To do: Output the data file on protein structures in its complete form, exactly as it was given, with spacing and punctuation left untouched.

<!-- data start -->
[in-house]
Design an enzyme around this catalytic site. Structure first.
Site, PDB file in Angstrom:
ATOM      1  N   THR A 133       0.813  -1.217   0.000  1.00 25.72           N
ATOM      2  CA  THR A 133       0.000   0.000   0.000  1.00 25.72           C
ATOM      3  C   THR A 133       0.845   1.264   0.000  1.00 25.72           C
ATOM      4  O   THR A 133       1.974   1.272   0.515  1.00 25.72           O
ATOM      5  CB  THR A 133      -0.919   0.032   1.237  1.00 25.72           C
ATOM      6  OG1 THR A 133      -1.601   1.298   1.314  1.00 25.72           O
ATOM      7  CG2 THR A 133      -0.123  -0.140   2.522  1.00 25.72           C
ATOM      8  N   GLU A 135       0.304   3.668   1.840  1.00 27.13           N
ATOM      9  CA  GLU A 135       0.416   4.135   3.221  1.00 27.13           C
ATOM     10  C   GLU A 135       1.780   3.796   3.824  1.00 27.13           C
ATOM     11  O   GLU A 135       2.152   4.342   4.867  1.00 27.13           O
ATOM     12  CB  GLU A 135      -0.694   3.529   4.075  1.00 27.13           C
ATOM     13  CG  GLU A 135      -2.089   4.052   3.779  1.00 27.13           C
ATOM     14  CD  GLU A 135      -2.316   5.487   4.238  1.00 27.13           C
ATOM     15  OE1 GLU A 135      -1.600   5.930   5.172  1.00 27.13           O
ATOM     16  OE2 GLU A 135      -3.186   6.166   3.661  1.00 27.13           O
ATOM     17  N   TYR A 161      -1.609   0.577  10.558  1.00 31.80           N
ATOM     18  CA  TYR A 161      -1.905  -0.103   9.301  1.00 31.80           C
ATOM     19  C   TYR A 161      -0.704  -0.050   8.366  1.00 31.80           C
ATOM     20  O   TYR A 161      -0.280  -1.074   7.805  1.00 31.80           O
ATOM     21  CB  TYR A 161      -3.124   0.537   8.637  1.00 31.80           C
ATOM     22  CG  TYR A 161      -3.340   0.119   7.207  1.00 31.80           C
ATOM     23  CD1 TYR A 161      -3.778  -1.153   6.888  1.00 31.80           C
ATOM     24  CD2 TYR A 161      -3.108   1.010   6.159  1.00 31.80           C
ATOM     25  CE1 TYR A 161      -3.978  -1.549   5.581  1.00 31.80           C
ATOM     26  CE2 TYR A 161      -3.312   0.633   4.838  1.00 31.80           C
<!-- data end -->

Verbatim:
[in-house]
Design an enzyme around this catalytic site. Structure first.
Site, PDB file in Angstrom:
ATOM      1  N   THR A 133       0.813  -1.217   0.000  1.00 25.72           N
ATOM      2  CA  THR A 133       0.000   0.000   0.000  1.00 25.72           C
ATOM      3  C   THR A 133       0.845   1.264   0.000  1.00 25.72           C
ATOM      4  O   THR A 133       1.974   1.272   0.515  1.00 25.72           O
ATOM      5  CB  THR A 133      -0.919   0.032   1.237  1.00 25.72           C
ATOM      6  OG1 THR A 133      -1.601   1.298   1.314  1.00 25.72           O
ATOM      7  CG2 THR A 133      -0.123  -0.140   2.522  1.00 25.72           C
ATOM      8  N   GLU A 135       0.304   3.668   1.840  1.00 27.13           N
ATOM      9  CA  GLU A 135       0.416   4.135   3.221  1.00 27.13           C
ATOM     10  C   GLU A 135       1.780   3.796   3.824  1.00 27.13           C
ATOM     11  O   GLU A 135       2.152   4.342   4.867  1.00 27.13           O
ATOM     12  CB  GLU A 135      -0.694   3.529   4.075  1.00 27.13           C
ATOM     13  CG  GLU A 135      -2.089   4.052   3.779  1.00 27.13           C
ATOM     14  CD  GLU A 135      -2.316   5.487   4.238  1.00 27.13           C
ATOM     15  OE1 GLU A 135      -1.600   5.930   5.172  1.00 27.13           O
ATOM     16  OE2 GLU A 135      -3.186   6.166   3.661  1.00 27.13           O
ATOM     17  N   TYR A 161      -1.609   0.577  10.558  1.00 31.80           N
ATOM     18  CA  TYR A 161      -1.905  -0.103   9.301  1.00 31.80           C
ATOM     19  C   TYR A 161      -0.704  -0.050   8.366  1.00 31.80           C
ATOM     20  O   TYR A 161      -0.280  -1.074   7.805  1.00 31.80           O
ATOM     21  CB  TYR A 161      -3.124   0.537   8.637  1.00 31.80           C
ATOM     22  CG  TYR A 161      -3.340   0.119   7.207  1.00 31.80           C
ATOM     23  CD1 TYR A 161      -3.778  -1.153   6.888  1.00 31.80           C
ATOM     24  CD2 TYR A 161      -3.108   1.010   6.159  1.00 31.80           C
ATOM     25  CE1 TYR A 161      -3.978  -1.549   5.581  1.00 31.80           C
ATOM     26  CE2 TYR A 161      -3.312   0.633   4.838  1.00 31.80           C